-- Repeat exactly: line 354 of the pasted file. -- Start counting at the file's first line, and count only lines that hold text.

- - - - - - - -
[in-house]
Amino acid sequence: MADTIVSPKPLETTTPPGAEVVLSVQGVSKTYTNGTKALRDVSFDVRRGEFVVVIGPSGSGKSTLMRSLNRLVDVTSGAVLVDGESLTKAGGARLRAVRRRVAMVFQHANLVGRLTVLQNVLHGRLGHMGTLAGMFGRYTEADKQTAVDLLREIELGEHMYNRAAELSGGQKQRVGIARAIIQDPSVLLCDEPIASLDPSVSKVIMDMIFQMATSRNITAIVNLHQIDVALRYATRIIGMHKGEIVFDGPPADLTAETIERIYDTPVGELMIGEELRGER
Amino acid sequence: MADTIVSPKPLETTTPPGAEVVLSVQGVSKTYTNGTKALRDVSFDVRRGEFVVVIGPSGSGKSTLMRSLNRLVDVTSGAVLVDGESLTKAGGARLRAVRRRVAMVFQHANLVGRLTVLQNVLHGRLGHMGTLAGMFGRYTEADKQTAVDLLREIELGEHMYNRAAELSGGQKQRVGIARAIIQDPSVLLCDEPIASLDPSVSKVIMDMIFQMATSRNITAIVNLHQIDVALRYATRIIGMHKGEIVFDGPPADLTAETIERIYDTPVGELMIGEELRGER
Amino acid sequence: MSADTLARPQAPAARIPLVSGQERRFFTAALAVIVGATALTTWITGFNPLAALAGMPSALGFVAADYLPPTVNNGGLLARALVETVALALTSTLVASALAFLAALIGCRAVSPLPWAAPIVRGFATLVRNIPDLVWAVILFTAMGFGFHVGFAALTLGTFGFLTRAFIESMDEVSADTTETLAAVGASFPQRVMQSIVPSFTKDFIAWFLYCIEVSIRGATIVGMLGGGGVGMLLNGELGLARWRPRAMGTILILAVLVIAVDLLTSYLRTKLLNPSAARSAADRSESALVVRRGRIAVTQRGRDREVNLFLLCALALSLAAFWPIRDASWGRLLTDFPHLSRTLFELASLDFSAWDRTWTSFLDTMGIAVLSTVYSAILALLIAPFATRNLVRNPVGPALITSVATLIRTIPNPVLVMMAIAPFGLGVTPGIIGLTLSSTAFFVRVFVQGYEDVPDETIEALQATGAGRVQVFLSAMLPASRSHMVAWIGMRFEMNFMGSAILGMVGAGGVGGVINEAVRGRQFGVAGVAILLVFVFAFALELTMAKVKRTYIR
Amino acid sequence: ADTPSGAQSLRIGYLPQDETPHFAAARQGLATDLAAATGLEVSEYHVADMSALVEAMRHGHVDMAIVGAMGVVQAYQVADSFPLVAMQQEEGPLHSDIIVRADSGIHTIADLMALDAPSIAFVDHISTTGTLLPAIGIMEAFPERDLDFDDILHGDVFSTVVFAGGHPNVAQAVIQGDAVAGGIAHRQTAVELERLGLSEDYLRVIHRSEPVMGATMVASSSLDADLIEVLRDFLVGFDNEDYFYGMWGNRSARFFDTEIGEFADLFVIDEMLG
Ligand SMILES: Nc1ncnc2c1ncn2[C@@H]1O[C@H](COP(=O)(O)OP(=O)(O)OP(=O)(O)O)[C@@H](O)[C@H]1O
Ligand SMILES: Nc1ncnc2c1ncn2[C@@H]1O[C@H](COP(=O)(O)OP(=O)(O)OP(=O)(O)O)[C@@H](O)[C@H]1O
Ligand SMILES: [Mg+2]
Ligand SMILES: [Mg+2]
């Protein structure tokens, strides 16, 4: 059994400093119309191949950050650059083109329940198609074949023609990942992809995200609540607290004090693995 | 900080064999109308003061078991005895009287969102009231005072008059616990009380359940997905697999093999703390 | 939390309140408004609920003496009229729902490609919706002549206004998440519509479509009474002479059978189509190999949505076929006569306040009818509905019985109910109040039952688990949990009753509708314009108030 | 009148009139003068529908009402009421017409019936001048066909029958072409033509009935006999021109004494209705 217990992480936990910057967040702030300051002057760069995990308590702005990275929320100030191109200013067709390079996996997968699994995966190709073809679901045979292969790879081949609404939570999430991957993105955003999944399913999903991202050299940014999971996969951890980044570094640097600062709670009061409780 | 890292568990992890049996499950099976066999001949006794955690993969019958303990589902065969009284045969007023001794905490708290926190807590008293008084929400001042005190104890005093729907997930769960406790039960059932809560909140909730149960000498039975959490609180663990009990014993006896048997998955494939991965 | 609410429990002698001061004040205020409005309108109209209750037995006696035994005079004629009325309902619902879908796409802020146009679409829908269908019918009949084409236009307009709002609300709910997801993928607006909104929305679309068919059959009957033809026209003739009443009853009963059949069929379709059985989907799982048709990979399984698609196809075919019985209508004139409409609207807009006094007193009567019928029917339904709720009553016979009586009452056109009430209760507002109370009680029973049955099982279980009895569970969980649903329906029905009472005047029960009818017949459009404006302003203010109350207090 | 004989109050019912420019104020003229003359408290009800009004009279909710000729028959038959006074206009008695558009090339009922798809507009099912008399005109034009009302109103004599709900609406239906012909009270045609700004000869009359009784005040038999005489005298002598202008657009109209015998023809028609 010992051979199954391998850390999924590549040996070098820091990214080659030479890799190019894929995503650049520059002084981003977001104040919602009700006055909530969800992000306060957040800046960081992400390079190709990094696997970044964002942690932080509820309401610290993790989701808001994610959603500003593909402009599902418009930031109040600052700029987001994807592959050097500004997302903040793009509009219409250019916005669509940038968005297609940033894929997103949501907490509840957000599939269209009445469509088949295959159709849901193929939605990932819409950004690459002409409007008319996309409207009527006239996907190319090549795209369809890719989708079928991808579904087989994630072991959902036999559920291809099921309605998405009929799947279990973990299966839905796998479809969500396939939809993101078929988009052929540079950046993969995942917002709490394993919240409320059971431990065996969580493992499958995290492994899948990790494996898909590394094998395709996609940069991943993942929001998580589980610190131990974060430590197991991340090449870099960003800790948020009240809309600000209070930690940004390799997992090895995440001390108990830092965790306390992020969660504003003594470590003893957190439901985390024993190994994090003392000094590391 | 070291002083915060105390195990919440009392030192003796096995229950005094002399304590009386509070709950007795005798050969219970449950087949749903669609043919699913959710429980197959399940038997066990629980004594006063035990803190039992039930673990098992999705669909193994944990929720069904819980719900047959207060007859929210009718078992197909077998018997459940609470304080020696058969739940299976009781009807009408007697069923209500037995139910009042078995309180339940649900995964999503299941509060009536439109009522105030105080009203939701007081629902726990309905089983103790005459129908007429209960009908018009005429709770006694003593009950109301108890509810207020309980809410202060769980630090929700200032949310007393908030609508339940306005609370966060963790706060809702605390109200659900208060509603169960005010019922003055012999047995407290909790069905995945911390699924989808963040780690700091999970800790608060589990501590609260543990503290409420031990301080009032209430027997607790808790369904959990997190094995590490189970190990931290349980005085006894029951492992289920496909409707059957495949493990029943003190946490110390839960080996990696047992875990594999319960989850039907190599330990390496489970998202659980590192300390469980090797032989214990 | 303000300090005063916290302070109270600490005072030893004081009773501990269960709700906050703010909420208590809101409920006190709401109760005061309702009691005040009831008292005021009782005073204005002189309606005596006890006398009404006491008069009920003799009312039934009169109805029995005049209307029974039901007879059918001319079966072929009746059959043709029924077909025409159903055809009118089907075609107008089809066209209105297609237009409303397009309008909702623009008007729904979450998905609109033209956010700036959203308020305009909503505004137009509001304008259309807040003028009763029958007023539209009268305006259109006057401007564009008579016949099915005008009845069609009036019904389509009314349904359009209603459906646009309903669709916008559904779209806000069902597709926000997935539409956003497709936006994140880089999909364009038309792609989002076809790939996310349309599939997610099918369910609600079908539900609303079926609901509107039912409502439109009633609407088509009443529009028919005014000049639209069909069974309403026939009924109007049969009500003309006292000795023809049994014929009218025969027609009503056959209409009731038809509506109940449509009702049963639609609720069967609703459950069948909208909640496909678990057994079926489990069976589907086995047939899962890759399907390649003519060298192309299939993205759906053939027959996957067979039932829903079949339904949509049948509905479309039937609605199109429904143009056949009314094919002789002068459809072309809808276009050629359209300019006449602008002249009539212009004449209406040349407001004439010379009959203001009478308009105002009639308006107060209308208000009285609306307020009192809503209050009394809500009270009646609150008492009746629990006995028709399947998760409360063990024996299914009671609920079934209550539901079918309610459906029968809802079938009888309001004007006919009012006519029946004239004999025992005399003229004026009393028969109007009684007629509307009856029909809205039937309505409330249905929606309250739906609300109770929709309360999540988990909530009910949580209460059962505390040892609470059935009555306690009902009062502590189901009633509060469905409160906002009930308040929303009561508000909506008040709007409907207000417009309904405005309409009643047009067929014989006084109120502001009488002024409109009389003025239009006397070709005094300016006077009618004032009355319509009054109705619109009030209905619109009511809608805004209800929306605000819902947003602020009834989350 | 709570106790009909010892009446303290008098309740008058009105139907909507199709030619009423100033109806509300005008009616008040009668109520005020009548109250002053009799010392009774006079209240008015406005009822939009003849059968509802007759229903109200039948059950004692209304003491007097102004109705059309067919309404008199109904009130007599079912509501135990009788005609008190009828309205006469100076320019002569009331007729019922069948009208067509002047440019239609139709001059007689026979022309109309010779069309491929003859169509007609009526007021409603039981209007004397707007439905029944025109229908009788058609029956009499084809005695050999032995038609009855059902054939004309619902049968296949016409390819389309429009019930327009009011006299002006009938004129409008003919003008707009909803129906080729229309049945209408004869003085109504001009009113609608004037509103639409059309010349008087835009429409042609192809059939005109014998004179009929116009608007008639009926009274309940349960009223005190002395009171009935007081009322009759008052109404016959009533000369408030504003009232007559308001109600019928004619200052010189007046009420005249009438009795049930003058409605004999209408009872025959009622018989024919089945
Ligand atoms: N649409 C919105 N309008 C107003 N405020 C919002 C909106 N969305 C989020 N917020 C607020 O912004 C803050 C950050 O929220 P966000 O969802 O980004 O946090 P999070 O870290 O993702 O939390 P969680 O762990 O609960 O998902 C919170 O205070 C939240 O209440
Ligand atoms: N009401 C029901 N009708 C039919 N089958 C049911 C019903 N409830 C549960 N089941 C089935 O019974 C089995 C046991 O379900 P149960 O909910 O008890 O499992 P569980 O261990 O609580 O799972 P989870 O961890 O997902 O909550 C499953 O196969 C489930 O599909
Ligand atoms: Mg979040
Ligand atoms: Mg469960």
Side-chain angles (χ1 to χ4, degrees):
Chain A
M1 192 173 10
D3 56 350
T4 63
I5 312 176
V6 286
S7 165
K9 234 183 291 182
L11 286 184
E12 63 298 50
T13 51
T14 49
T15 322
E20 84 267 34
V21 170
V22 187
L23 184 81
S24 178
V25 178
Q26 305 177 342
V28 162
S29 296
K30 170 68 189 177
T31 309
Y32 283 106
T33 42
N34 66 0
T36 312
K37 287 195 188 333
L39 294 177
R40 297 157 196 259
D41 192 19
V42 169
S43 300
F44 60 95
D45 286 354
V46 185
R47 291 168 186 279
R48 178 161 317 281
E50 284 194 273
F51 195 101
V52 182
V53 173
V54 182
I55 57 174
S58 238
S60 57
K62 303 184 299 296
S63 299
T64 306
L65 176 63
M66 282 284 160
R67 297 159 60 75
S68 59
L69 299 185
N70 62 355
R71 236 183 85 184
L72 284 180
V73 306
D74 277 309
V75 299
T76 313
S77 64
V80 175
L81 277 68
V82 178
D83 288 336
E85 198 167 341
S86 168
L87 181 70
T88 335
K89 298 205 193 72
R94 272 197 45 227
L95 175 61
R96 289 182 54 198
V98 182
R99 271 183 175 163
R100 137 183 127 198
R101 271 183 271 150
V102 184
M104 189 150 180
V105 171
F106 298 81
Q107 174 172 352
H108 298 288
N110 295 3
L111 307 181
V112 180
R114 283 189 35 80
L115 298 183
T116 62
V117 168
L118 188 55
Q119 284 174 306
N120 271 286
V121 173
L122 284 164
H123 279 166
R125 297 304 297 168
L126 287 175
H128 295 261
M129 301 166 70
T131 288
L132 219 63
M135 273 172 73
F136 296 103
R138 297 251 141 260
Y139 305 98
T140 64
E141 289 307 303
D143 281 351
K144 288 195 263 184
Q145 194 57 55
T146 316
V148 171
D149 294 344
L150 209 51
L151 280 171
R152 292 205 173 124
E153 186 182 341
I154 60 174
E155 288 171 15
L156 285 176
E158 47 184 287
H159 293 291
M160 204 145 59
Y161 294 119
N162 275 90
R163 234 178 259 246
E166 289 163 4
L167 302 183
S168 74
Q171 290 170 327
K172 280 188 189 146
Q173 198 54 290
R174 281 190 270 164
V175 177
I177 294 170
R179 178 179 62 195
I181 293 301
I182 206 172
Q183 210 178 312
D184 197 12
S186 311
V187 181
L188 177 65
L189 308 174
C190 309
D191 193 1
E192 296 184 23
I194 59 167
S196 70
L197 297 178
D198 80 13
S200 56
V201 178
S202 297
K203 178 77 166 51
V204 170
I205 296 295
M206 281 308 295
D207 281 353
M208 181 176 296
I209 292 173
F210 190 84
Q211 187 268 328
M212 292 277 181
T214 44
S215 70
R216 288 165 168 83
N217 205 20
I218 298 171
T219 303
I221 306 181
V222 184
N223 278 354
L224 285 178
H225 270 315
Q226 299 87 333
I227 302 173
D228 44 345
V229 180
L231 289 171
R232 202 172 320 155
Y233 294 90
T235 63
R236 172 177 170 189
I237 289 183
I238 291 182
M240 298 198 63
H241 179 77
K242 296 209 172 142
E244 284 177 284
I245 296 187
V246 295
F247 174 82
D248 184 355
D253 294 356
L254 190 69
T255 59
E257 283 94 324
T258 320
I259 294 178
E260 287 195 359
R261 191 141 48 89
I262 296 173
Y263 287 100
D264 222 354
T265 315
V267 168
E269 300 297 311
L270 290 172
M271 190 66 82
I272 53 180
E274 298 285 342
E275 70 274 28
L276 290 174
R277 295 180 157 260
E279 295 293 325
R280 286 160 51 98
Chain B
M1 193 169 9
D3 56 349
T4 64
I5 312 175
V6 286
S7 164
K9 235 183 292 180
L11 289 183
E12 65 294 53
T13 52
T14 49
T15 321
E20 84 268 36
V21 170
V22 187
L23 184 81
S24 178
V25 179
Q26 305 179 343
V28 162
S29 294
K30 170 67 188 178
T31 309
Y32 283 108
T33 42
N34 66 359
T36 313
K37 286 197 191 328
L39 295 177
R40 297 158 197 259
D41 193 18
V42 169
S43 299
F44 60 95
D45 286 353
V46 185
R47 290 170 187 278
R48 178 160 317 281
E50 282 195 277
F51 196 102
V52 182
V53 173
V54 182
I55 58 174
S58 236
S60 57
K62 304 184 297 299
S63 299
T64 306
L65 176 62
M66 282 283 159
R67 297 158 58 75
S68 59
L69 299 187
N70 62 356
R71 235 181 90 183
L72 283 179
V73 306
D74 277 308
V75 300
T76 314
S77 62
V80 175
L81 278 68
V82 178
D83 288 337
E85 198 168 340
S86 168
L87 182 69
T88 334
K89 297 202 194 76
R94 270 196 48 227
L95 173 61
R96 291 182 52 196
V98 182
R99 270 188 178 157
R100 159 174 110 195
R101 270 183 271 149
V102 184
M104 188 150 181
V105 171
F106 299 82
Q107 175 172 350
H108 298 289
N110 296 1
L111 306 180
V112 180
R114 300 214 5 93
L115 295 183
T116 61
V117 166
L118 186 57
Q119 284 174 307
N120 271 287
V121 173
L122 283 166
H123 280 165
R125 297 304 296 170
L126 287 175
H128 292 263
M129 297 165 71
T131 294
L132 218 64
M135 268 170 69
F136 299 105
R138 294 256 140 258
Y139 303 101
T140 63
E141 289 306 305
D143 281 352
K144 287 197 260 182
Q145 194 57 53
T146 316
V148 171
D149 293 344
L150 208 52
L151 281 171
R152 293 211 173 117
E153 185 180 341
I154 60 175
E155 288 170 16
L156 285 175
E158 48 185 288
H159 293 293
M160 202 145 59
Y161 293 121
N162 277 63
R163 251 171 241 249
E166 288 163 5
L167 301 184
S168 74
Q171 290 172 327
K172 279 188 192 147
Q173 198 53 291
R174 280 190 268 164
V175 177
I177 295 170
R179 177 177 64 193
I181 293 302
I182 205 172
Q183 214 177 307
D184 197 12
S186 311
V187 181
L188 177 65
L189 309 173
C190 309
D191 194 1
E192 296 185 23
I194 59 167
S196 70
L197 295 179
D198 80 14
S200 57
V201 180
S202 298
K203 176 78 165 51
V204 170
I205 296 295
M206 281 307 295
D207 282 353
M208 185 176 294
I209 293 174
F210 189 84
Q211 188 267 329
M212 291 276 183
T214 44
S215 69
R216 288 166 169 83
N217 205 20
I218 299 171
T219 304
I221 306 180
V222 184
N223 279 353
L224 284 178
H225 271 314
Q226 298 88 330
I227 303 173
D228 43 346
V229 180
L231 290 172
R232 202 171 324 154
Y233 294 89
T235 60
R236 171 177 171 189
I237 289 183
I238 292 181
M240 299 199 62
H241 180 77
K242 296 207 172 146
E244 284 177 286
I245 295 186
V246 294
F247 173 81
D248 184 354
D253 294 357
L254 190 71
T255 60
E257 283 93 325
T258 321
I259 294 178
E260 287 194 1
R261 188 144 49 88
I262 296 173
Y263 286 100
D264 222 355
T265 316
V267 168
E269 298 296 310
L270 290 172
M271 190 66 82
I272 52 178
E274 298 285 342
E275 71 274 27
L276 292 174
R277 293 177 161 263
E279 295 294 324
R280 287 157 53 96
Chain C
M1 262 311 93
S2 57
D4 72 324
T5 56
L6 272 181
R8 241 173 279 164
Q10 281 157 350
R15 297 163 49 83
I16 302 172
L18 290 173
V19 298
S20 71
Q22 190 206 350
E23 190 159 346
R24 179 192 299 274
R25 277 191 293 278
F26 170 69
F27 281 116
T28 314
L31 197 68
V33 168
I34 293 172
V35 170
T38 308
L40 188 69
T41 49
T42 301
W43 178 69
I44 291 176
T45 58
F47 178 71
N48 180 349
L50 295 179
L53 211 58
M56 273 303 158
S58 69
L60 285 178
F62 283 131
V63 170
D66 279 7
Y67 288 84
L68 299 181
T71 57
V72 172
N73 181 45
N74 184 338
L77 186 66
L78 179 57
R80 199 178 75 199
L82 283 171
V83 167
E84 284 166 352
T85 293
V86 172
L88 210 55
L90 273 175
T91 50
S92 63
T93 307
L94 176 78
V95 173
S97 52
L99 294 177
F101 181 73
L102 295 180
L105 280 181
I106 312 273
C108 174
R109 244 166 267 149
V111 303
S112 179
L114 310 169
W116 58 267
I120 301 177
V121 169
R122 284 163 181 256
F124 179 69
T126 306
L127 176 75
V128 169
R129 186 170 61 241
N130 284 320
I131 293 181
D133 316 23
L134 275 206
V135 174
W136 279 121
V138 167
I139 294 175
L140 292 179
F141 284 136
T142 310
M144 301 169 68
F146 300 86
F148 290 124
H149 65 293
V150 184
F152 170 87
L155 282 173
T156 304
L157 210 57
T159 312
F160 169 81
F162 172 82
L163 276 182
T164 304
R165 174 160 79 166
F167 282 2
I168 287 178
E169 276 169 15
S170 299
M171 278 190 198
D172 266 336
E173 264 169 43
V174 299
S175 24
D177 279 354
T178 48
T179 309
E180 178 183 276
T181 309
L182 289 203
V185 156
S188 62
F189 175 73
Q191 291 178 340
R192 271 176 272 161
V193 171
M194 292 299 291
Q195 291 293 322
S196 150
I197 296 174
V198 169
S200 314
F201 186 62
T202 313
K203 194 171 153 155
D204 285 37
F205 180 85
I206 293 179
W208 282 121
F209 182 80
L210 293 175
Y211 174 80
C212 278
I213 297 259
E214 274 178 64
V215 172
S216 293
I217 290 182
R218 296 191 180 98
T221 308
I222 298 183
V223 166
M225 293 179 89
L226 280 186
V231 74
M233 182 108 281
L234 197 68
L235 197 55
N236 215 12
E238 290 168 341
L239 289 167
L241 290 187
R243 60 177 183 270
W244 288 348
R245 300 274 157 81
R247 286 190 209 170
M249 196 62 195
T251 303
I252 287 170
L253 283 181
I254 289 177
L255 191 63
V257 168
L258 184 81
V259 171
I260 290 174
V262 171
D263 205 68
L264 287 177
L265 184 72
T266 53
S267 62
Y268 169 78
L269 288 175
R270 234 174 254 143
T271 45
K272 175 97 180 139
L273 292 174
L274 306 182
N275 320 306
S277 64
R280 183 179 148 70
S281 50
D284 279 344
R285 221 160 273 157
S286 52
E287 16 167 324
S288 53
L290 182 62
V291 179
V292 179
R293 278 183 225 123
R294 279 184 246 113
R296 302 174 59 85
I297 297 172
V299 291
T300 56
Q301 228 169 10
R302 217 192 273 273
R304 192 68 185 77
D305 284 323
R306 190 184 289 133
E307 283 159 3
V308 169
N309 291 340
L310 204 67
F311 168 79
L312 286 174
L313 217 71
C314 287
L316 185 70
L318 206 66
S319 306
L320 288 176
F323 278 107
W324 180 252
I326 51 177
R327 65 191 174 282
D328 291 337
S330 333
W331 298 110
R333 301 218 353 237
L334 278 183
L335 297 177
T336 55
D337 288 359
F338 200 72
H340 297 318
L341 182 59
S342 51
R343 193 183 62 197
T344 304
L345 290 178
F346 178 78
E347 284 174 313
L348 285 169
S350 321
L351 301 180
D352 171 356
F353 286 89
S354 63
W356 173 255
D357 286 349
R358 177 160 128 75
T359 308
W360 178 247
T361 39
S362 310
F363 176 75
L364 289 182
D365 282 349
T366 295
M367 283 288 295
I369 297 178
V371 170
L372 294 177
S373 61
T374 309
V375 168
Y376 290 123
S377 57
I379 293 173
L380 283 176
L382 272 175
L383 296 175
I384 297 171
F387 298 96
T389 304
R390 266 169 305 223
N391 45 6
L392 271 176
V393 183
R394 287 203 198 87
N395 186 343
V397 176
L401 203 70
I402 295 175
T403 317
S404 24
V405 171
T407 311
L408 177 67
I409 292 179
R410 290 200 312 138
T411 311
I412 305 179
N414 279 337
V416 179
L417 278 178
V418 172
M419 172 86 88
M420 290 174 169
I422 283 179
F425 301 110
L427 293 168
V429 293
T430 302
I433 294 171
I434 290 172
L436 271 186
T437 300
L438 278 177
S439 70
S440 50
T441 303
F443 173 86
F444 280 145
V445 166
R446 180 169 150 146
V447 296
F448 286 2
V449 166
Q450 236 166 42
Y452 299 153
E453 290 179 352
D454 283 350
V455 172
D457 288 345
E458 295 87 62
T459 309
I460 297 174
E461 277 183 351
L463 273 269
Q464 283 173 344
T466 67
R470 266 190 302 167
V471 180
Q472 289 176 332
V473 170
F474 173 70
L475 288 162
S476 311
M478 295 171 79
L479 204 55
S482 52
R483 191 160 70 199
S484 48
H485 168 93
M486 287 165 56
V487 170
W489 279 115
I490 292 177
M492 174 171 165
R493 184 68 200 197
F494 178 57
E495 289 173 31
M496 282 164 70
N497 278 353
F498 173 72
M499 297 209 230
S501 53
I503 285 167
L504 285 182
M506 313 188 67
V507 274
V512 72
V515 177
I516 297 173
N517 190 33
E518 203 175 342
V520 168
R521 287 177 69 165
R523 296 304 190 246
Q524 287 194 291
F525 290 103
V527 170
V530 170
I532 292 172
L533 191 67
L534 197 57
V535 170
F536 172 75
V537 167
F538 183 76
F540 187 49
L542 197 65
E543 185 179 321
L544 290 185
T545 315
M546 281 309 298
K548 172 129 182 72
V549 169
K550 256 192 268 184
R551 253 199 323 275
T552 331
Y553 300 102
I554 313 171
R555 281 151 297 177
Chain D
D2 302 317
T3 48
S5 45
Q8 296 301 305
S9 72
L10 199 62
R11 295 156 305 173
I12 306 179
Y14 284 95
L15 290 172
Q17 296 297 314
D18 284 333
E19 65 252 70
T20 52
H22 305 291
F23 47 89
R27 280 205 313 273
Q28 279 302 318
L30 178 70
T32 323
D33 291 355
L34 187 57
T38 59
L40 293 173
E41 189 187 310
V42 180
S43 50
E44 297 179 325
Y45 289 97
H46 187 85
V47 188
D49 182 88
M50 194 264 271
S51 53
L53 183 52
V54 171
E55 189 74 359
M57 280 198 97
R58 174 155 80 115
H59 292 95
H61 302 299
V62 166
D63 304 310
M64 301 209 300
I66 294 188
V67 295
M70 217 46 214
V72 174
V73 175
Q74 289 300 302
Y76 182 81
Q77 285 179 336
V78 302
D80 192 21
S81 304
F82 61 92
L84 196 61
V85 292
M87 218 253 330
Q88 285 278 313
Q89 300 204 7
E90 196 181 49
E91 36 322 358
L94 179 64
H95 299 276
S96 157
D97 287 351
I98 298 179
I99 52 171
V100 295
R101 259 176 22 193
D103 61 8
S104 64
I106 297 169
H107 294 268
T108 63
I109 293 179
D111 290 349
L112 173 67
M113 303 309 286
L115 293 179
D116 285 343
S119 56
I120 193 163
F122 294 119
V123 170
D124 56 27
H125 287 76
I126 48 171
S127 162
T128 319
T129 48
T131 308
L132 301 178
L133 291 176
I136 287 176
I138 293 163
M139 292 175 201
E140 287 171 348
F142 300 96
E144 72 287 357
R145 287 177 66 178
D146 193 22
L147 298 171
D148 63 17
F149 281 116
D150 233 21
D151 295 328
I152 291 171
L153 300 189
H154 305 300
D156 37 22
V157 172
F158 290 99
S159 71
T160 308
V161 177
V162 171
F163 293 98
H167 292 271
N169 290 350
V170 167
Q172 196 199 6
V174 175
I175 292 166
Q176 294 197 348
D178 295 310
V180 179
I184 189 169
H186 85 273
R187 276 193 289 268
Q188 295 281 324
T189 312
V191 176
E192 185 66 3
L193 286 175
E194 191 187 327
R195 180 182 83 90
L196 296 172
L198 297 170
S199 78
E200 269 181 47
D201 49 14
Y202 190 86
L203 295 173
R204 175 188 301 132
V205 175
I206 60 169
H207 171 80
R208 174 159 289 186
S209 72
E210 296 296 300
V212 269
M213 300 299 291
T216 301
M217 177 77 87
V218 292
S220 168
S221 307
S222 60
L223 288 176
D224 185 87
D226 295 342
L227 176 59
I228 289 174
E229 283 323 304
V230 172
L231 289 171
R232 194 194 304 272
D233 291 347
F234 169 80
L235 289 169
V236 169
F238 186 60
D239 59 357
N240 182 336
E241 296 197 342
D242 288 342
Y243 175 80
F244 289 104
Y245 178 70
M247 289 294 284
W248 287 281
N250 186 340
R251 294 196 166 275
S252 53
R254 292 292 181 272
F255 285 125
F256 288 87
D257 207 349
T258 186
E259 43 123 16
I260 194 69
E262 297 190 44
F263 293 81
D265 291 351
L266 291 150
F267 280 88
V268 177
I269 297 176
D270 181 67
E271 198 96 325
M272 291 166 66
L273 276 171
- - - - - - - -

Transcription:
R152 293 211 173 117